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Titanic - performance and discussion

Key facts

  • Suitable for: Key Stage 3, Key Stage 4, Post 16, Post 18
  • Subjects: English, History
  • Session type: Museum led
  • Duration: 60 minutes
  • Class size (maximum): 30
  • Venue: Merseyside Maritime Museum


The loss of the Titanic was a momentous event in world history but also for Liverpool's local history. Using museum theatre, students will be introduced to the personal story of a character from the ship and be able to question them further using hot seating techniques.

This session is available at 10.15am, 11.30am and 1.15pm, Monday to Wednesday.

Further details

education officer dressed in period costume with a notice about the Titanic sinking

©Paula Parker

The story of the Titanic has captivated people’s imaginations for over 100 years - in this session students will gain a unique insight into the personal story of a particular character from the ship.

Led by one of the museum’s role-players (not necessarily the one pictured), groups are introduced to the concept of using drama and performance in order to more fully understand aspects of the past.  

Firstly, students are asked to share any knowledge they may already have about Titanic and then, building on this factual side of the story, they are encouraged to think more about possible actions, emotions and repercussions for survivors.  By placing this famous story at a very personal level, students will begin to empathise more fully with people from the past and begin to see connections with themselves today.

Following this discussion, students will then watch a 25 minute long drama performance looking in more detail at the experiences of a character from the ship – be they real or fictional.  As well as providing factual information, this performance gives the opportunity for students to experience live drama in a museum setting.

During the performance, groups will be encouraged to think more deeply about the character and their personal story, their motivations, actions and emotions.  Immediately following the conclusion of the drama, students have the opportunity to hot seat the role-player in character thereby instigating discussion and possible debate surrounding such things as attitudes to class differences in 1912, reasons for the sinking and blame for the accident.

This session is perfect to tie in to teaching Fundamental British Values as part of SMSC (spiritual, moral, social and cultural development).  Looking at issues such as free will, personal liberty, the power of majority opinion and the effect of these on survivors both during and in the aftermath of the disaster.  

Curriculum links

Key Stage 3 and 4 – History

  • Know and understand the history of these islands as a coherent, chronological narrative, from the earliest times to the present day: how people’s lives have shaped this nation and how Britain has influenced and been influenced by the wider world.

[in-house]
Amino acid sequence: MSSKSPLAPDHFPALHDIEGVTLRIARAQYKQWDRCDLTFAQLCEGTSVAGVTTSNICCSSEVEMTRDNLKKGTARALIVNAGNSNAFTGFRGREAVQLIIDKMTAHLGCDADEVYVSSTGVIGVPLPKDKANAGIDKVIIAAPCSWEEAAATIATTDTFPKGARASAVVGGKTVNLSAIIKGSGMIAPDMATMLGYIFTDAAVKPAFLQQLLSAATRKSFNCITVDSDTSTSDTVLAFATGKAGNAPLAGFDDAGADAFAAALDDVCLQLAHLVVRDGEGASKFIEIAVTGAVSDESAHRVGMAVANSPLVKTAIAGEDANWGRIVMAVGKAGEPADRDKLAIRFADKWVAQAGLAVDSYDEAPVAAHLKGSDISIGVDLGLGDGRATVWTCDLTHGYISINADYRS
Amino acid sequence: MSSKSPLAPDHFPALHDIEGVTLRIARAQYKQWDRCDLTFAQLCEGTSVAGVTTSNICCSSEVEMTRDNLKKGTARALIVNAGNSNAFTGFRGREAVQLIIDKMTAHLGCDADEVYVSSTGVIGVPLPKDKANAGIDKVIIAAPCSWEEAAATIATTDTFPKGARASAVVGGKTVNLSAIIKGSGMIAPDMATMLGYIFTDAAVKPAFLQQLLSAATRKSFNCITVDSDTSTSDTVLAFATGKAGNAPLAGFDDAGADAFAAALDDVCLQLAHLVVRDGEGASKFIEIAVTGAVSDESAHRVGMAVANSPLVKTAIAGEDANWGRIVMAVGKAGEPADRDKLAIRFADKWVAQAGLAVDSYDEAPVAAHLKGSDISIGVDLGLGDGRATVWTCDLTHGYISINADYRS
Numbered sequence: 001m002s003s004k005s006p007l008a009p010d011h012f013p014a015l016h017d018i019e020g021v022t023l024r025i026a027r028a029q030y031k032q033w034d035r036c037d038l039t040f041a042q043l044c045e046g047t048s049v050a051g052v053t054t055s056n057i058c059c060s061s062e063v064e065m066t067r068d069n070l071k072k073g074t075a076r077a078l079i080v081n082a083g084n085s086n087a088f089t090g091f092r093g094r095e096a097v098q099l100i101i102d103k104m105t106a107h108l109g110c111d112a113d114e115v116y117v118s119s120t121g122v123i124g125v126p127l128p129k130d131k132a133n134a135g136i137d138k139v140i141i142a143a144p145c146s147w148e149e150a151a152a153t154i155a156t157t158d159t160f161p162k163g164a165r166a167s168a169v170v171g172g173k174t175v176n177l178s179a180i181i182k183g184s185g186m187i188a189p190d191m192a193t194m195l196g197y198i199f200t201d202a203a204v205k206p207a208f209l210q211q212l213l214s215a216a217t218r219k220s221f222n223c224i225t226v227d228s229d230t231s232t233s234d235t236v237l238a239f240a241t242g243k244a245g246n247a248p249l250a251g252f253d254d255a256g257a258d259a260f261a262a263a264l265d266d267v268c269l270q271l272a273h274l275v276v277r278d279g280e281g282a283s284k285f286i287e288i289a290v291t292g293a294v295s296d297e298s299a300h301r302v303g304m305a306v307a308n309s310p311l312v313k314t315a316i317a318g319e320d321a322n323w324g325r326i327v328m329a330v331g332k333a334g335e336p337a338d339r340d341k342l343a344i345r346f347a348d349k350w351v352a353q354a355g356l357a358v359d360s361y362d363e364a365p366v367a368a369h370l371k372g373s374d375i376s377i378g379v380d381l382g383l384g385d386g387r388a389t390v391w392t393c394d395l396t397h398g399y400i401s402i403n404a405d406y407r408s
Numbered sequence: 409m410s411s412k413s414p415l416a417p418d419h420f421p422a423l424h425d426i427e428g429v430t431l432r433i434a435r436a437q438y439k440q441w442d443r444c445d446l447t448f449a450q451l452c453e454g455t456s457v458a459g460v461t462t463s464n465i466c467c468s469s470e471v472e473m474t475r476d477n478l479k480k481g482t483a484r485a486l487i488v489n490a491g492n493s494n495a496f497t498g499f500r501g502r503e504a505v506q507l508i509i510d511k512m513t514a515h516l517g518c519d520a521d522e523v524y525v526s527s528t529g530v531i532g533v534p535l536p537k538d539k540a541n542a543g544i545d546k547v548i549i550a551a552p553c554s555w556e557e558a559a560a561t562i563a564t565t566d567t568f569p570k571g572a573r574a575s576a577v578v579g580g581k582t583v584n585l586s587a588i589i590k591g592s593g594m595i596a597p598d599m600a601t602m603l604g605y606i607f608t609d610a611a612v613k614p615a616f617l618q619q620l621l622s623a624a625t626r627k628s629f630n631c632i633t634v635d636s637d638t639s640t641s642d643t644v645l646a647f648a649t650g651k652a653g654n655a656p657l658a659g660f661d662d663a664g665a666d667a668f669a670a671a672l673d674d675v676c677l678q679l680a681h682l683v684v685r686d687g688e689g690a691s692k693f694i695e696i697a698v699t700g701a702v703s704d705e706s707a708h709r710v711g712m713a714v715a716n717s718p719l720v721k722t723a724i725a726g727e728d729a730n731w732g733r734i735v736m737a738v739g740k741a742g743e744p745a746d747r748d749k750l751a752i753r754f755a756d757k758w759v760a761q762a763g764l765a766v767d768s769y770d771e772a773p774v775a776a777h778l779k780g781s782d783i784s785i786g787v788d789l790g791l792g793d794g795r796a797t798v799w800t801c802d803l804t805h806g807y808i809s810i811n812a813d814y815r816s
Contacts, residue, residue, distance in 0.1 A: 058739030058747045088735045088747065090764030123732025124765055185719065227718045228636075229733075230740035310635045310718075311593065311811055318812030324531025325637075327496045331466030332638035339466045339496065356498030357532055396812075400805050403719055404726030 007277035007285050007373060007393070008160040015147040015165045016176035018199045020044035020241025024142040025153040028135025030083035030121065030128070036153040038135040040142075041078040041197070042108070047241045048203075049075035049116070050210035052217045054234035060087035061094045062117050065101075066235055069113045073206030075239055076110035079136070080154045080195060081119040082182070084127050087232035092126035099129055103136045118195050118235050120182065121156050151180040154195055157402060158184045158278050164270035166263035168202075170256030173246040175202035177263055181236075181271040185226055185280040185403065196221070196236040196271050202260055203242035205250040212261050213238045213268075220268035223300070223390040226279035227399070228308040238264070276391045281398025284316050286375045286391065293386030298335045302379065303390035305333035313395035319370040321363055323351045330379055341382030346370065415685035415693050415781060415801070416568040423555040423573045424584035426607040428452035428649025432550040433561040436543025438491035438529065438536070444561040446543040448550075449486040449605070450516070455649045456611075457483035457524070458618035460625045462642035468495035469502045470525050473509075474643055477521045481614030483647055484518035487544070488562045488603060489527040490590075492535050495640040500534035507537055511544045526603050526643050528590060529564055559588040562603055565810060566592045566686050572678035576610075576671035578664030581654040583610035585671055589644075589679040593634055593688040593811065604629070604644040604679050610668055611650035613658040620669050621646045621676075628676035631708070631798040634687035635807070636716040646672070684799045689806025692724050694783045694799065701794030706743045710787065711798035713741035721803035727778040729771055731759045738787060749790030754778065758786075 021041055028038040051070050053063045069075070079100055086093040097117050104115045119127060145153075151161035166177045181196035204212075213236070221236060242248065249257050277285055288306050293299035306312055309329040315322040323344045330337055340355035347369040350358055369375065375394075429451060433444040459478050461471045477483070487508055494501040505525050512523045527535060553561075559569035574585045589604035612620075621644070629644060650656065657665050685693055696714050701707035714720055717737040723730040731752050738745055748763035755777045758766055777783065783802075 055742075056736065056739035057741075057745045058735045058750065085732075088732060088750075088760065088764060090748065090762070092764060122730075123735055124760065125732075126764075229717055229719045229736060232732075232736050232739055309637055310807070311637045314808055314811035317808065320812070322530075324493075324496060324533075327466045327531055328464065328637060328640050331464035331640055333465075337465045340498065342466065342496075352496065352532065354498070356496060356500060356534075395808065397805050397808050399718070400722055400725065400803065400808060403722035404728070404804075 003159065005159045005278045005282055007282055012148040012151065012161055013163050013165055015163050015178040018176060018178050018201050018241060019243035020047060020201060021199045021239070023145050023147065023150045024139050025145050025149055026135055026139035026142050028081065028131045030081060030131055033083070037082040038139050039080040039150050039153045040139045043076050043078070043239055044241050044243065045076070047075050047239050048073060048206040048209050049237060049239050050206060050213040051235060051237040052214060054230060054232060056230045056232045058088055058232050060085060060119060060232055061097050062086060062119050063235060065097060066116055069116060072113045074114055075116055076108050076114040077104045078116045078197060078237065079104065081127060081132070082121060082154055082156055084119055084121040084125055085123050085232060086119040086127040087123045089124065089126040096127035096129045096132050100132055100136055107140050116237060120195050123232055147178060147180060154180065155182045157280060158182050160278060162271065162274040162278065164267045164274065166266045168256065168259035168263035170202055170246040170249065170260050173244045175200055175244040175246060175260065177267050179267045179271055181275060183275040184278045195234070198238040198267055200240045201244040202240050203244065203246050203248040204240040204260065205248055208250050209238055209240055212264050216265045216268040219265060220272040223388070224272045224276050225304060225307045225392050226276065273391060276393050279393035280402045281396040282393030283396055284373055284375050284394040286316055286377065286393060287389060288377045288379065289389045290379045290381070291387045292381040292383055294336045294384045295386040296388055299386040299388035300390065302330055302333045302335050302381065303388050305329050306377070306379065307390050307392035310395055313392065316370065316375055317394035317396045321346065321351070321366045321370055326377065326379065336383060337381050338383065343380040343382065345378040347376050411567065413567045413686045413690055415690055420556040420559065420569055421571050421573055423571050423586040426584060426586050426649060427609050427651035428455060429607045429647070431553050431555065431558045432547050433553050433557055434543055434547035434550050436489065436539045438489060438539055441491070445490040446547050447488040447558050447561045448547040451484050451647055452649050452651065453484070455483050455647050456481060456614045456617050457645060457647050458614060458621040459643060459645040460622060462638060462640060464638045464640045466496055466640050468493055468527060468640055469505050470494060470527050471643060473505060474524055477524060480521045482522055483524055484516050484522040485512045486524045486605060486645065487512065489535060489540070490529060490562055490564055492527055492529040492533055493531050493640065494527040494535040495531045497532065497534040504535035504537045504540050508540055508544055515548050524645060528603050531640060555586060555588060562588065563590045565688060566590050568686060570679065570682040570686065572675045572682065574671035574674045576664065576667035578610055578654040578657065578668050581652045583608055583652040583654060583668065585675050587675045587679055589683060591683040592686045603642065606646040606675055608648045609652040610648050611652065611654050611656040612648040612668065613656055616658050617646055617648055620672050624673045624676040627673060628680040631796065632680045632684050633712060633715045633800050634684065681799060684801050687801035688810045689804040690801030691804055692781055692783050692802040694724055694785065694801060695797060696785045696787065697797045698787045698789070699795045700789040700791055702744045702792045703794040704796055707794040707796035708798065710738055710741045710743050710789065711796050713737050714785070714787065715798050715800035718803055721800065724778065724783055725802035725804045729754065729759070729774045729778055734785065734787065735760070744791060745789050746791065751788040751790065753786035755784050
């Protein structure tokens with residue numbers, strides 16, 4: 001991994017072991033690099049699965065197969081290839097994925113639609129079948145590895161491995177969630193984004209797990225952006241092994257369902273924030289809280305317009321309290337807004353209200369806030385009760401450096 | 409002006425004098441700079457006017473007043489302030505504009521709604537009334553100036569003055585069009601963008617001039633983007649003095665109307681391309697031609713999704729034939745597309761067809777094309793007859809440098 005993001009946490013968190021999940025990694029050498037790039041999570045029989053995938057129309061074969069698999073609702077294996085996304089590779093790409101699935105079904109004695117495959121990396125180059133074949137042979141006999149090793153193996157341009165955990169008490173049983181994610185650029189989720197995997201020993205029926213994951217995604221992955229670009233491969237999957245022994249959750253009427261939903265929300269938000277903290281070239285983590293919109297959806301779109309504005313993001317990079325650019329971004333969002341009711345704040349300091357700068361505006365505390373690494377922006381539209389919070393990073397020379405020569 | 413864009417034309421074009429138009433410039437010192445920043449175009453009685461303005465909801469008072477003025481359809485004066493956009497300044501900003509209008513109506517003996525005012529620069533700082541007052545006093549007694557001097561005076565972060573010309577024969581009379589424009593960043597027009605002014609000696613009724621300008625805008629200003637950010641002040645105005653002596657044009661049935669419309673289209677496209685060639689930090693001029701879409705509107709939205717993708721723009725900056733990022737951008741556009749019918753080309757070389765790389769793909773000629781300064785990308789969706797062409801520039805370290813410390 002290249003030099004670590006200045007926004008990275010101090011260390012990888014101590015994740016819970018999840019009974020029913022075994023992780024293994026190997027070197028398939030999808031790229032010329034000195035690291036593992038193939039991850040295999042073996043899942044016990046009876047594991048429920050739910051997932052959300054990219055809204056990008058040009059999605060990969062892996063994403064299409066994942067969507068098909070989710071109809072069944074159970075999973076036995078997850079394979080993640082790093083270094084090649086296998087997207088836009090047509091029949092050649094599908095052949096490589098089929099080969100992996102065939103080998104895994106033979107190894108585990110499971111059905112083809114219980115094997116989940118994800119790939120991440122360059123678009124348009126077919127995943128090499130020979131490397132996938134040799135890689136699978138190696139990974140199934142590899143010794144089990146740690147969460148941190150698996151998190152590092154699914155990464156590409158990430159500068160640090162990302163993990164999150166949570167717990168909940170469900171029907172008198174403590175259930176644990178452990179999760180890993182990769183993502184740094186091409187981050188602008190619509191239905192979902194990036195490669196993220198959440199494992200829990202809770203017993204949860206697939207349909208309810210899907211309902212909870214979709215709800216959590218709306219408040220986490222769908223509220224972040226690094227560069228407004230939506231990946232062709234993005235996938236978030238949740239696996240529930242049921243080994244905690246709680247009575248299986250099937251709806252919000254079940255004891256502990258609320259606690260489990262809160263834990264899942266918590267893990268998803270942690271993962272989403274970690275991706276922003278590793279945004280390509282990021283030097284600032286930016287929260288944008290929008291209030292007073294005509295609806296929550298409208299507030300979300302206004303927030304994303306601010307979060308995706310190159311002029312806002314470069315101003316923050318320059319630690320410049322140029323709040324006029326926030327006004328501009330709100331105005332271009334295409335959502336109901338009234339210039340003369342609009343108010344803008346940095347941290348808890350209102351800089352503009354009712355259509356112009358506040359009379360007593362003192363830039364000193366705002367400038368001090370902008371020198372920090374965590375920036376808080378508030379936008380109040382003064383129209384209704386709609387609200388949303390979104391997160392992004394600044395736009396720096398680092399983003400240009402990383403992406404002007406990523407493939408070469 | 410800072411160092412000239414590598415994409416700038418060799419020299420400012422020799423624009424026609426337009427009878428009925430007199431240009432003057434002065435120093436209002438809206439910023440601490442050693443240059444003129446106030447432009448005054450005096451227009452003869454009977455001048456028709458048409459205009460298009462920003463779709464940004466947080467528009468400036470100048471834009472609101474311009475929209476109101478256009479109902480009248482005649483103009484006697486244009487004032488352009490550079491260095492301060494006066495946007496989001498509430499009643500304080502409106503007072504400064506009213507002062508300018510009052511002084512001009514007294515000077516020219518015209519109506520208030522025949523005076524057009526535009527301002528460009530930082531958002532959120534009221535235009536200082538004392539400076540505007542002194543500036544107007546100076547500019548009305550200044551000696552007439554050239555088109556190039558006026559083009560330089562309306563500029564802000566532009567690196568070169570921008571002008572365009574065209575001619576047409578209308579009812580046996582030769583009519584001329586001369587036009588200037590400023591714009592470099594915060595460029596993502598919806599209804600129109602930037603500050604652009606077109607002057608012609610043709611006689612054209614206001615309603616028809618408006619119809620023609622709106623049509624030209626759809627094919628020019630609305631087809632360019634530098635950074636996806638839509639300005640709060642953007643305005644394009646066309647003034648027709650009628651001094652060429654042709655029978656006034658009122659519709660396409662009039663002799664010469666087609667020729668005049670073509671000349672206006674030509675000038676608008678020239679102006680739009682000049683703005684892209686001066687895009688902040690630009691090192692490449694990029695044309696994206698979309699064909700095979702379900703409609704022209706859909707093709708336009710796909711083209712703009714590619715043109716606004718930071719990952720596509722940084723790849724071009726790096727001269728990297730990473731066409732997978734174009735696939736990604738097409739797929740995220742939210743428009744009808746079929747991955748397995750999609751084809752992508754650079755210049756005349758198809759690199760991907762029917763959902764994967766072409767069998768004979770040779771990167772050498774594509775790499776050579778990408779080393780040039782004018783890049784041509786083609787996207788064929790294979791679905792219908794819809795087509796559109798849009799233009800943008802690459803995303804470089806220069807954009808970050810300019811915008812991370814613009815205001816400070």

• Understand the methods of historical enquiry, including how evidence is used rigorously to make historical claims, and discern how and why contrasting arguments and interpretations of the past have been constructed.
  • A local history study.

Key Stage 3 and 4 – English

  • Use discussion in order to learn; they should be able to elaborate and explain clearly their understanding and ideas.
  • All pupils are competent in the arts of speaking and listening, making formal presentations, demonstrating to others and participating in debate.

 Key Stage 3 - Spoken English:

  • Pupils should be taught to speak confidently and effectively, including through participating in formal debates and structured discussions, summarising and/or building on what has been said.

Key Stage 4 – Spoken English:

  • Pupils should be taught to speak confidently, audibly and effectively, including through listening and responding in a variety of different contexts, both formal and informal, and evaluating content, viewpoints, evidence and aspects of presentation.

SMSC and Fundamental British Values

  • Democracy - looking at how majority opinion can sway outcomes, ie people in lifeboats wishing to return to help others versus those who did not.  What may be the reasons for this and how would we react today?
  • The rule of law - pupils are encouraged to think about the events surrounding the Titanic in relation to differences in rule of law between 1912 and the modern day, eg with regard to lifeboat provision
  • Individual liberty - exploration of the motivations, emotions and reactions of passengers and crew as well as decisions made that ultimately affected the life or death of others.  Is there justification for these decisions or do we judge with modern standards and preconceptions?

Learning outcomes

Knowledge and understanding

Pupils will:

  • be able to place the Titanic disaster into the correct time period.
  • learn more about a specific character’s story.
  • see how drama can be used to enhance history education.


Pupils will:

  • increase their confidence in speaking and expressing ideas within a group context.
  • improve their listening skills when taking on board others’ ideas and opinions.
  • be able to approach history at a more personal level thereby increasing understanding of people’s motivations and arriving at unbiased conclusions.


Pupils will:

  • begin to realise the importance and significance of class differences in the Edwardian era and how this would affect people’s lives and attitudes.
  • understand that human emotions and actions span across generations and link us to people from the past.


Pupils will:

  • appreciate the experiences of some people in the past and gain empathy.
  • wish to investigate the Titanic story further or research their own character to produce a piece of drama or diary/journal/newspaper article etc.
  • appreciate that the museum is an enjoyable place to visit.